Ayurvedic treatments are a perfect example of this. These techniques have the ability to balance and heal our modern society’s uniquely modern health issues. As more people look for balance and healing, Ayurvedic treatments are gaining in popularity.
Here are three of our favorite treatments to balance modern ailments:
By Lisa Akesson
I had been dreaming making a trip to India for years when spontaneously my friend and I made the decision to go. It was an overwhelming experience, full of positive and colorful memories that gave me hope and joy! But it wasn’t all smooth sailing.
On our third day I started to feel sick. I thought it just was car sickness, but as the day went on it was clear it was more than that. After days of treating the bacteria with various medications that I would never consume at home, I finally got better. Later on during the trip when I got sick again, I knew better than to take such extreme measures.
Do you ever wonder why some people seem to get sick all the time, yet others can live with ease through cold and flu season without even a sniffle? It’s all about ojas, which is our vitality.
Ojas is both energy and represented as an actual substance in our bodies (the ancient texts say it is a yellow liquid that is produced in the heart and reproductive organs). With its cool, soft and stable qualities, ojas is responsible not just for immunity, but for spiritual unity, bliss, reproductive function and overall vitality. It creates the luster in our eyes and hair, and gives us the unctuousness that is a sure sign of health. In other words, the amount of ojas we have determines how we are able to use the energy available to us.
By Judith Michales Safford
Ayurvedic living came into my life through a so-called “coincidence.” Talking to the owner of an organic garden in Maui, my husband and I discovered that the owner's deceased sister had been a friend of ours. She lived a block away from us in the small town of Glenwood, NM. On our second visit to the garden, he shared his Ayurvedic way of eating and gave us the Hale Pule website. Having experienced digestive problems and constipation since I was a child, I tucked the information in my pocket.
Your body is meant to be free of pain, illness, and disease. The rishis who wrote the Ayurvedic texts 5,000 years ago knew this. They outlined panchakarma, a powerful Ayurvedic whole-being cleanse and rejuvenation practice. Ayurvedic wisdom is as true today as it was then.
A combination of cooked white basmati rice and split mung has been shared through centuries as a simple and nourishing way to heal your body and mind. This is kitchadi – Ayurveda’s healing food.
Why does kitchadi heal? First, the rice, mung and (optional) vegetables offer balanced nourishment for your body. Second, by adding spices, like cumin and ginger, the meal becomes cleansing, balanced and satisfying. Finally – and most importantly – by gently cooking the ingredients together to a soupy consistency, the meal is easily digestible, which gives your body a break and restores the natural strength of agni, digestive fire.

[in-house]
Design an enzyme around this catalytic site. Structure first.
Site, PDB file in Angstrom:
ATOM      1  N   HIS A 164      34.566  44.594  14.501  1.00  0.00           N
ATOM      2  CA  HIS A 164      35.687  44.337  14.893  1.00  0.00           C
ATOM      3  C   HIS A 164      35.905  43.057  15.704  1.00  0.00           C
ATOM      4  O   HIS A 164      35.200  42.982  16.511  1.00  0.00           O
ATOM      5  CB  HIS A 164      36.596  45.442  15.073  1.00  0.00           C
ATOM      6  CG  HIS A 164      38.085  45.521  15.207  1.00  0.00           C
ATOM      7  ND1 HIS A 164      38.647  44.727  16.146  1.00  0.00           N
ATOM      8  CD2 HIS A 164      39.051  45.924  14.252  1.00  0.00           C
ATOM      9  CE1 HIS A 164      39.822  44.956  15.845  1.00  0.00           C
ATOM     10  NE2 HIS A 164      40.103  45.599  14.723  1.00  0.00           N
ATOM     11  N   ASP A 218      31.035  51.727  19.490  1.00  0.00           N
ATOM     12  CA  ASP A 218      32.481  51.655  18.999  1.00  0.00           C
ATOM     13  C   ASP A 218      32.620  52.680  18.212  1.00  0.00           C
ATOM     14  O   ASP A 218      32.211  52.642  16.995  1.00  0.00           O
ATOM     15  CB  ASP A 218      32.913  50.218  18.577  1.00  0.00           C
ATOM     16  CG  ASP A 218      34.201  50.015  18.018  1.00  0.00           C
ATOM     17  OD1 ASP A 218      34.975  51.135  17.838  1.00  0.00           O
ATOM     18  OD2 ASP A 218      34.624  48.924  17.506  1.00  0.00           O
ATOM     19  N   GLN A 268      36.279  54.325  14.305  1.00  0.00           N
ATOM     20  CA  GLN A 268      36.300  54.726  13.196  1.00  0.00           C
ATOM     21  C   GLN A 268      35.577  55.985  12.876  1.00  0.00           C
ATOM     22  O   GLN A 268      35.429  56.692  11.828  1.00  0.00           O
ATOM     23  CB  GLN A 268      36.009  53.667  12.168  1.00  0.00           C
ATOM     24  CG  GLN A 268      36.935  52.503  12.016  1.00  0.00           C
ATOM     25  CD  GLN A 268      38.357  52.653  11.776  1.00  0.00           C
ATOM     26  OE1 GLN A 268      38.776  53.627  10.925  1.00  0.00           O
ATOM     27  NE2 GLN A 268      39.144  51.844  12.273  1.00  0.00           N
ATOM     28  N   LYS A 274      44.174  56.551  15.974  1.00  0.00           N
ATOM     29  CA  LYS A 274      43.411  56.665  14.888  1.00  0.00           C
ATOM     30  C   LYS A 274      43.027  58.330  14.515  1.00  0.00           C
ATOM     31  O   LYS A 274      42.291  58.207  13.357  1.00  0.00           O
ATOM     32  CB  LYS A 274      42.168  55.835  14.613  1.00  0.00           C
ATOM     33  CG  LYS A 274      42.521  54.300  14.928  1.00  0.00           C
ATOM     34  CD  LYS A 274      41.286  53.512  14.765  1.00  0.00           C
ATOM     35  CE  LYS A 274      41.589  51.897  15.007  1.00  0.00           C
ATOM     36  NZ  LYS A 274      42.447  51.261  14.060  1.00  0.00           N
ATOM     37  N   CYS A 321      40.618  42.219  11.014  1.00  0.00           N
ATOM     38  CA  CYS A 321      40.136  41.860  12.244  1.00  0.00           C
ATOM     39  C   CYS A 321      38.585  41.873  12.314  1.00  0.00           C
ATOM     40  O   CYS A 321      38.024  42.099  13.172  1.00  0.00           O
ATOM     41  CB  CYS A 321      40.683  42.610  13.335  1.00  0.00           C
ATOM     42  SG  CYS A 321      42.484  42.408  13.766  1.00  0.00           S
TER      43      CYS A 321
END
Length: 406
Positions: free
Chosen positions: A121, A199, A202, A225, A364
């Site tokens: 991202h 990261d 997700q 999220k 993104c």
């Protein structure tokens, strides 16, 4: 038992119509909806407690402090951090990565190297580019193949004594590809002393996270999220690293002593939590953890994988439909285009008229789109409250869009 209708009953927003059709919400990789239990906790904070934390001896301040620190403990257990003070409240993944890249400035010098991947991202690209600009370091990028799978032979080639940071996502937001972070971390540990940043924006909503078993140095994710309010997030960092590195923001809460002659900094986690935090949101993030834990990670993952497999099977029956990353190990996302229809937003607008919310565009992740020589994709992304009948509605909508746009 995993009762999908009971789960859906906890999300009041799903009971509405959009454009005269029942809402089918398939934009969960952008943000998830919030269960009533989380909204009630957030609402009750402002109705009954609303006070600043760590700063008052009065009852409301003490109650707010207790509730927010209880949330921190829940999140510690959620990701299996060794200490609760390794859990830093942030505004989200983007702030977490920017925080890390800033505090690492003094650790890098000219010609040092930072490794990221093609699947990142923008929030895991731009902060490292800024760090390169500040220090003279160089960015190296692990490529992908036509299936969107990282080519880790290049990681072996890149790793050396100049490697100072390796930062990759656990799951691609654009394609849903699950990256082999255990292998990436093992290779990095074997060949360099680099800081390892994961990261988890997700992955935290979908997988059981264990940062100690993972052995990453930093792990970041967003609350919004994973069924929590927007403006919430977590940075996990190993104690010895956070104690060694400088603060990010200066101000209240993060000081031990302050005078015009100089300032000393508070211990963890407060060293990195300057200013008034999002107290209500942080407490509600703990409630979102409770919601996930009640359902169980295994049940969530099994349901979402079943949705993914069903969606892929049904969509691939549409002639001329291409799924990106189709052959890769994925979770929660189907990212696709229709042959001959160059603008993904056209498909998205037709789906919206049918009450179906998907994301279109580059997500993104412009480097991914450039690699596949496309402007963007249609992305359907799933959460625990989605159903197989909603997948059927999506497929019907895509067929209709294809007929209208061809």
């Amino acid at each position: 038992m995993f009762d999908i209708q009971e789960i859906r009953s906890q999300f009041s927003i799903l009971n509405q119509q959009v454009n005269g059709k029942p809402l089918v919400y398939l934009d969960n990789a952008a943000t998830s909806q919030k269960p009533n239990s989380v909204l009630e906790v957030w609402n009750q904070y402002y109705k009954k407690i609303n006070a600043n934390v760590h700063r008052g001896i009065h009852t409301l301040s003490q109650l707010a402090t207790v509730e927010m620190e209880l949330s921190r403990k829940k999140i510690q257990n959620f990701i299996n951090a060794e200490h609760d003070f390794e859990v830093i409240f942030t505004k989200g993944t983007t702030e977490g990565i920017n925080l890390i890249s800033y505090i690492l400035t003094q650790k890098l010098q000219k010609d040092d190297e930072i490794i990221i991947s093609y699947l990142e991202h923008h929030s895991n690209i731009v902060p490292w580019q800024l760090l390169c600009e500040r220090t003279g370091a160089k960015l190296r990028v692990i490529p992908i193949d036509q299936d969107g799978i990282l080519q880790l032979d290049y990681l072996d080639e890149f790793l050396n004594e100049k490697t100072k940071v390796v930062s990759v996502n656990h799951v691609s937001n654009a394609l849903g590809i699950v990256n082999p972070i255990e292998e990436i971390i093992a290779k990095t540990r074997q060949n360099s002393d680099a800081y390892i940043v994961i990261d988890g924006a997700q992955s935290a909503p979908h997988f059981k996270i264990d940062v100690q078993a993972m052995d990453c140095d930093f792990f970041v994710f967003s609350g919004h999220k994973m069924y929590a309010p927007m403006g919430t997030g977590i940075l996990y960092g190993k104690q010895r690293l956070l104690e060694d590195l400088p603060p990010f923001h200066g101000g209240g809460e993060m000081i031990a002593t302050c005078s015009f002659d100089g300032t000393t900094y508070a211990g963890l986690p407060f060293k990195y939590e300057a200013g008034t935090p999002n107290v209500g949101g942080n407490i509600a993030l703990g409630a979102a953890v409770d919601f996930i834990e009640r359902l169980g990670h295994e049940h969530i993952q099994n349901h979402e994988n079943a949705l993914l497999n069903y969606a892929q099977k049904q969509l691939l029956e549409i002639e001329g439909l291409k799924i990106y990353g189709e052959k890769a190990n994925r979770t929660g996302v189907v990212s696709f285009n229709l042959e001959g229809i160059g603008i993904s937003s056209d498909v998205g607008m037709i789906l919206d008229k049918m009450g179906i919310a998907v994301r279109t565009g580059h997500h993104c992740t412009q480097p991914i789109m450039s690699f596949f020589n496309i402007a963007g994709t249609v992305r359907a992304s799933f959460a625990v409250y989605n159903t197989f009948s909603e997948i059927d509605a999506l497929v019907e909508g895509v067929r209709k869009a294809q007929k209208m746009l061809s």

Sixteen years ago this April I founded Hale Pule Ayurveda and Yoga. In the time I have been sharing the gifts of Ayurveda and Yoga, I have run into plenty of skeptics. People ask me how these sciences, developed centuries before our current medical system, can possibly be effective. Well, I am living proof.
My personal journey to health started around the time I was diagnosed with rheumatoid arthritis at age 30. The prognosis from Western doctors was disheartening at best. According to them, I would face a lifetime of chronic, increasing pain and severe inflammation in my joints. If I didn’t take the medications they were offering me, which came with side effects, such as internal bleeding and kidney damage, I would become deformed and possibly unable to care for myself. I looked at the life they were telling me I would live – one of fear, pain and disconnection. I promptly walked in the opposite direction.
Allergies. Something people have to deal with each spring, right? It may be normal, but normal doesn’t always mean natural! Perhaps it’s time to take another look.
Ayurveda views allergies in the light of whole-body health. Pollens, dust, mold and other common allergens cause a response in some people because of a disturbance in the digestive system, where the root of our health lies. If agni, or digestive fire, is not functioning at full strength, it’s easier to become susceptible to allergies. So if you’re suffering from the sniffles this spring, take the steps below to improve your digestion. And if you keep your digestion strong, this could be your last bout of allergies, ever.
Hot days, after asana, during travel or after illness – there are plenty of times we can use some natural rehydration. This recipe is tasty, simple and instantly hydrating.
Traveling? Make up this recipe in bulk and store it in airport-friendly three-ounce bottles. Just drink one bottle every four hours of travel to balance the drying effects of air travel.
1 Tbsb. honey
10 drops fresh lime or lemon juice
1/4 tsp. mineral salt
Thoroughly mix ingredients with 8 ounces of warm water.